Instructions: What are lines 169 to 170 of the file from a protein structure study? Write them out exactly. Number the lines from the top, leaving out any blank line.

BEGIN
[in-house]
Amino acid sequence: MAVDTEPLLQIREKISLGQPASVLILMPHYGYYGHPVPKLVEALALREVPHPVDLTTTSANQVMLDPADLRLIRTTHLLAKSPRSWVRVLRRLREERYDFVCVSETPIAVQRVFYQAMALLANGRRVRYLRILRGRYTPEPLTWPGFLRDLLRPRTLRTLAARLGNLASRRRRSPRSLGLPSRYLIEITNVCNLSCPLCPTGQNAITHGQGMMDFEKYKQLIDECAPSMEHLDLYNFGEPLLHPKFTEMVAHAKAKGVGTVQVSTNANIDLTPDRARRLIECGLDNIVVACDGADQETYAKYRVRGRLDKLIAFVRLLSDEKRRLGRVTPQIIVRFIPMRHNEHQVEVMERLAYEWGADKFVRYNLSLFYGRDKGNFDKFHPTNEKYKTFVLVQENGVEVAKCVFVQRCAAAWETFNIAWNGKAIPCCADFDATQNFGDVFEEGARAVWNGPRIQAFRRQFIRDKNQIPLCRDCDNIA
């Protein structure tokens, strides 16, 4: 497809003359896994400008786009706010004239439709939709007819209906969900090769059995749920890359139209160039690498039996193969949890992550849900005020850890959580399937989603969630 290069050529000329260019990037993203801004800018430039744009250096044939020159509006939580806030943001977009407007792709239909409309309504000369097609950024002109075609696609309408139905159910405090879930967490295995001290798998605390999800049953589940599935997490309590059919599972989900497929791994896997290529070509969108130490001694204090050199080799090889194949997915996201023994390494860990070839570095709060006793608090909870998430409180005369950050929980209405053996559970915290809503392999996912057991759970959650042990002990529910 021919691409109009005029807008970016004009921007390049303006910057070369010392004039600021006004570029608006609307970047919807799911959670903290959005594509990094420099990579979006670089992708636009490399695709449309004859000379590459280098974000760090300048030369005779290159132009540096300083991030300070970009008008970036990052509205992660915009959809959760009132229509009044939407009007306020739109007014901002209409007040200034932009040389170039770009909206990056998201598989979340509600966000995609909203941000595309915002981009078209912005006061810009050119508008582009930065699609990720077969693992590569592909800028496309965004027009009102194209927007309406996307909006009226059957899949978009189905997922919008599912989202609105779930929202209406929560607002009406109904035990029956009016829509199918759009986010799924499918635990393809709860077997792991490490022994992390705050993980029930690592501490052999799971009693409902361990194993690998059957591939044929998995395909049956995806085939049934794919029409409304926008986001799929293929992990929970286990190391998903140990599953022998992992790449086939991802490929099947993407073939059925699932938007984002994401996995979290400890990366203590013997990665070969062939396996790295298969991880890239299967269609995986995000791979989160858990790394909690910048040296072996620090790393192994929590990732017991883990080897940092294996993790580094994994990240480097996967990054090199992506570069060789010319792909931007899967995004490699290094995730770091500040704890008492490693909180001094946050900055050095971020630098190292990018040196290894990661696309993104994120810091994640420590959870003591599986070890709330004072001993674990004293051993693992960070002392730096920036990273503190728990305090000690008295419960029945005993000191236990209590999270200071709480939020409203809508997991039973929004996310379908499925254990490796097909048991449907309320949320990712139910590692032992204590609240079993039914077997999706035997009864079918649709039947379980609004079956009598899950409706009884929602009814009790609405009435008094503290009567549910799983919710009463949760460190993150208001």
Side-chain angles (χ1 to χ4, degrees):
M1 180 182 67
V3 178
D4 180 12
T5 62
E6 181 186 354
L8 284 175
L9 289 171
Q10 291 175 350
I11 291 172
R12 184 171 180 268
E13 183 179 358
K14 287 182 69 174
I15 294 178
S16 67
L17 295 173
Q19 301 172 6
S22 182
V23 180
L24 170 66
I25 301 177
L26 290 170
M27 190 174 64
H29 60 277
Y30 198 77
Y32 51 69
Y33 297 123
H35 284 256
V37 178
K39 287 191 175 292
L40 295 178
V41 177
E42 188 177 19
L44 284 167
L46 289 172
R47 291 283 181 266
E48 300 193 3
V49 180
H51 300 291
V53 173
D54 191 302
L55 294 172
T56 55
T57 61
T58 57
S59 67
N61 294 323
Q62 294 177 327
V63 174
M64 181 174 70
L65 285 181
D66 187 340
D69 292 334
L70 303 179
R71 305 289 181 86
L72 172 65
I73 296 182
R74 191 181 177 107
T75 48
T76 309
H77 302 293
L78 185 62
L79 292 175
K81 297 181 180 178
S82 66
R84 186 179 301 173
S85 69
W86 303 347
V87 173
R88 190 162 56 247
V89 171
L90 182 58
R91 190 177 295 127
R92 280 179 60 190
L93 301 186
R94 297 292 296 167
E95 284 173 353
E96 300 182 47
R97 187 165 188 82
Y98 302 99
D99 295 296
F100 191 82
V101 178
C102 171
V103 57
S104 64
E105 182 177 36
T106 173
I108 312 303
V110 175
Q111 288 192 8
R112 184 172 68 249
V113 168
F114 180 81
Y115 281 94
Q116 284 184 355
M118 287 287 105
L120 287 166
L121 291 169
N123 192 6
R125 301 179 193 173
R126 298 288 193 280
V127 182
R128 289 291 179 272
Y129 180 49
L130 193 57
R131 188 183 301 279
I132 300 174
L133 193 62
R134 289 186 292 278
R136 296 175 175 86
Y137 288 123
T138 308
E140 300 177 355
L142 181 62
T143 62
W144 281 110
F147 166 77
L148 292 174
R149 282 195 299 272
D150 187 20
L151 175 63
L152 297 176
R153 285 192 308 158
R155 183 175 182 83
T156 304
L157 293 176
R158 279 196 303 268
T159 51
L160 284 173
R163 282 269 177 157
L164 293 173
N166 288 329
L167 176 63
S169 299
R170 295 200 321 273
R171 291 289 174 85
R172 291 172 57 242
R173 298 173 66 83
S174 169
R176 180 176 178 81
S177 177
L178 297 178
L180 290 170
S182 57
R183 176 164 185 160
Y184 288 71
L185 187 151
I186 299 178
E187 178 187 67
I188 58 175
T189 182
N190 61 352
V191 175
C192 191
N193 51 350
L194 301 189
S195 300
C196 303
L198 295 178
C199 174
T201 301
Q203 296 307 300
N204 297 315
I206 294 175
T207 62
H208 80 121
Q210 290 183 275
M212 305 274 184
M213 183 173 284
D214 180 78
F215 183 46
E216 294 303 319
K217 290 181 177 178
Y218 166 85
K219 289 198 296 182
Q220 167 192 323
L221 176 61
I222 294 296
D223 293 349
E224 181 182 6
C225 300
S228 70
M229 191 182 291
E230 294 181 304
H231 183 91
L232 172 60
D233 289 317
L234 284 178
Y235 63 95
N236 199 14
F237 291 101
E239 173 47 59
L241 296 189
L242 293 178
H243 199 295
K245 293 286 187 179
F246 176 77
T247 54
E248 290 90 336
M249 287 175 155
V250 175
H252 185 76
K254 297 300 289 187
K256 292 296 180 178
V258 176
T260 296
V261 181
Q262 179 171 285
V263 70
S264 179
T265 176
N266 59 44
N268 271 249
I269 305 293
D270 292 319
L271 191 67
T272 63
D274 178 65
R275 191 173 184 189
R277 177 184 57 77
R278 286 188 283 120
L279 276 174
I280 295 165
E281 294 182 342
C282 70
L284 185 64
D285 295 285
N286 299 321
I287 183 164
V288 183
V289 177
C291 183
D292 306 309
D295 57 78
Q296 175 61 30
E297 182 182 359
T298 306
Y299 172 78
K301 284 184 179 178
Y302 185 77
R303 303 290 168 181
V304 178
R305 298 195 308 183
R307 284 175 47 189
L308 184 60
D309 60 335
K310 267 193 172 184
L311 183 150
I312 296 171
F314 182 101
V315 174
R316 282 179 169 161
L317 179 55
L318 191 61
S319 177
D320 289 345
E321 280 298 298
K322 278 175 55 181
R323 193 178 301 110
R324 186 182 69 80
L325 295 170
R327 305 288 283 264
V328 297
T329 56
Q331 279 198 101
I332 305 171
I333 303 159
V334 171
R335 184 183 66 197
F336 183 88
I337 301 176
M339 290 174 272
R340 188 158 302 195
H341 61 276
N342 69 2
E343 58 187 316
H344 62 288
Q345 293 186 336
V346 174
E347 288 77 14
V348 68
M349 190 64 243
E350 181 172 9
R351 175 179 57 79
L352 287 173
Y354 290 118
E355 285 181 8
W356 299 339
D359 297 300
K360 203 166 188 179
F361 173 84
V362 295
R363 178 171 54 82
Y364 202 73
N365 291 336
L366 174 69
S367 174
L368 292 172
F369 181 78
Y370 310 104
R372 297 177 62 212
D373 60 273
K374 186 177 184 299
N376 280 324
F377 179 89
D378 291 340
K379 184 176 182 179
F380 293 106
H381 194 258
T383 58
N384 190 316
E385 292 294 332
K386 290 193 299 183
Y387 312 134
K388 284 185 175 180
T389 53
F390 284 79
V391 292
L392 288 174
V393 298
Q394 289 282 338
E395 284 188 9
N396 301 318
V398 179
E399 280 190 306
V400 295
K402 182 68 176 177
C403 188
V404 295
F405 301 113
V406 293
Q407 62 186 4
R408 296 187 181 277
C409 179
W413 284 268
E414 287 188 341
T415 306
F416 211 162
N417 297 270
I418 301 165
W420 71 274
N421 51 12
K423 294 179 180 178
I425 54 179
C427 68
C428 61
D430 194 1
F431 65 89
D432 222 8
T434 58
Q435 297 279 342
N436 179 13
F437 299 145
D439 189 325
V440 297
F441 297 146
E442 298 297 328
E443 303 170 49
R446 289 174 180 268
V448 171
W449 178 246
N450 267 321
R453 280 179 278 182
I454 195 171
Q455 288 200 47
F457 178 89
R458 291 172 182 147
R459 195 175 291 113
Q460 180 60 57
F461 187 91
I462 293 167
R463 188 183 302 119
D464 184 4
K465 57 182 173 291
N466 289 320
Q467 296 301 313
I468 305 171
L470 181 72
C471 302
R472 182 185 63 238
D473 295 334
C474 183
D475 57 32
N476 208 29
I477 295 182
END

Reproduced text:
T207 62
H208 80 121